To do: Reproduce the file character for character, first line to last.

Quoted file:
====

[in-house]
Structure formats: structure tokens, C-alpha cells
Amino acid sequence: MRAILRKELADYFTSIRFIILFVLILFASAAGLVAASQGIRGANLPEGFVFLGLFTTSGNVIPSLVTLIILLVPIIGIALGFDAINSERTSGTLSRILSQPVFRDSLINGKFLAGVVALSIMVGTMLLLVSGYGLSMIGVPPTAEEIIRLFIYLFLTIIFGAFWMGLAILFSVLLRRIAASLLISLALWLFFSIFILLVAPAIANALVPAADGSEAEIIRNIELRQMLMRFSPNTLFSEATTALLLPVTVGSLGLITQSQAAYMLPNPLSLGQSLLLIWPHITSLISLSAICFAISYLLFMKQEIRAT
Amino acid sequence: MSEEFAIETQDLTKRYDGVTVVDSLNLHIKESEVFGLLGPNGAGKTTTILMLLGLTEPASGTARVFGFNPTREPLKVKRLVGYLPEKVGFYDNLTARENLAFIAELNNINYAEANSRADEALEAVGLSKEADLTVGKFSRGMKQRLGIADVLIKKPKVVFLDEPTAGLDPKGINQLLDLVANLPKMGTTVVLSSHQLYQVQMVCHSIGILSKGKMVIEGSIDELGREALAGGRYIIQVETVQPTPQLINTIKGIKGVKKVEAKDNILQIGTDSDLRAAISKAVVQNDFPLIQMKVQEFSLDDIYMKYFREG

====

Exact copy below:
[in-house]
Structure formats: structure tokens, C-alpha cells
Amino acid sequence: MRAILRKELADYFTSIRFIILFVLILFASAAGLVAASQGIRGANLPEGFVFLGLFTTSGNVIPSLVTLIILLVPIIGIALGFDAINSERTSGTLSRILSQPVFRDSLINGKFLAGVVALSIMVGTMLLLVSGYGLSMIGVPPTAEEIIRLFIYLFLTIIFGAFWMGLAILFSVLLRRIAASLLISLALWLFFSIFILLVAPAIANALVPAADGSEAEIIRNIELRQMLMRFSPNTLFSEATTALLLPVTVGSLGLITQSQAAYMLPNPLSLGQSLLLIWPHITSLISLSAICFAISYLLFMKQEIRAT
Amino acid sequence: MSEEFAIETQDLTKRYDGVTVVDSLNLHIKESEVFGLLGPNGAGKTTTILMLLGLTEPASGTARVFGFNPTREPLKVKRLVGYLPEKVGFYDNLTARENLAFIAELNNINYAEANSRADEALEAVGLSKEADLTVGKFSRGMKQRLGIADVLIKKPKVVFLDEPTAGLDPKGINQLLDLVANLPKMGTTVVLSSHQLYQVQMVCHSIGILSKGKMVIEGSIDELGREALAGGRYIIQVETVQPTPQLINTIKGIKGVKKVEAKDNILQIGTDSDLRAAISKAVVQNDFPLIQMKVQEFSLDDIYMKYFREG